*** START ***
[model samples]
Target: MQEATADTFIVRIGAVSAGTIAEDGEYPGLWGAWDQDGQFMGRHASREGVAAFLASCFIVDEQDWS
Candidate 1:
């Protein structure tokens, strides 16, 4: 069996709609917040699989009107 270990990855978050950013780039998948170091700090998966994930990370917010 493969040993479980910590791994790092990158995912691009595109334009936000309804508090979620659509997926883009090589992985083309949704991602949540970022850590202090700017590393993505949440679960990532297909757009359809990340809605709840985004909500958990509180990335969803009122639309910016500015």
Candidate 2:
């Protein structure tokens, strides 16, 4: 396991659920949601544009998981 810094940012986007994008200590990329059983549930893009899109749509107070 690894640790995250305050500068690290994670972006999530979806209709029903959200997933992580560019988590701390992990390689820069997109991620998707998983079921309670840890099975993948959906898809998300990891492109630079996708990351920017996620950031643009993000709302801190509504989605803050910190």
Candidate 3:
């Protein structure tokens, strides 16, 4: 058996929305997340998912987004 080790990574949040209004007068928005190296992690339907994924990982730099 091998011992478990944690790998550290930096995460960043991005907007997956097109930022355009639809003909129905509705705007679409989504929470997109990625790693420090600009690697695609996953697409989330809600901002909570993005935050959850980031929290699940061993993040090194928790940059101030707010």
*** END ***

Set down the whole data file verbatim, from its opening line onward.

[model samples]
Target: MQEATADTFIVRIGAVSAGTIAEDGEYPGLWGAWDQDGQFMGRHASREGVAAFLASCFIVDEQDWS
Candidate 1:
């Protein structure tokens, strides 16, 4: 069996709609917040699989009107 270990990855978050950013780039998948170091700090998966994930990370917010 493969040993479980910590791994790092990158995912691009595109334009936000309804508090979620659509997926883009090589992985083309949704991602949540970022850590202090700017590393993505949440679960990532297909757009359809990340809605709840985004909500958990509180990335969803009122639309910016500015």
Candidate 2:
């Protein structure tokens, strides 16, 4: 396991659920949601544009998981 810094940012986007994008200590990329059983549930893009899109749509107070 690894640790995250305050500068690290994670972006999530979806209709029903959200997933992580560019988590701390992990390689820069997109991620998707998983079921309670840890099975993948959906898809998300990891492109630079996708990351920017996620950031643009993000709302801190509504989605803050910190």
Candidate 3:
């Protein structure tokens, strides 16, 4: 058996929305997340998912987004 080790990574949040209004007068928005190296992690339907994924990982730099 091998011992478990944690790998550290930096995460960043991005907007997956097109930022355009639809003909129905509705705007679409989504929470997109990625790693420090600009690697695609996953697409989330809600901002909570993005935050959850980031929290699940061993993040090194928790940059101030707010």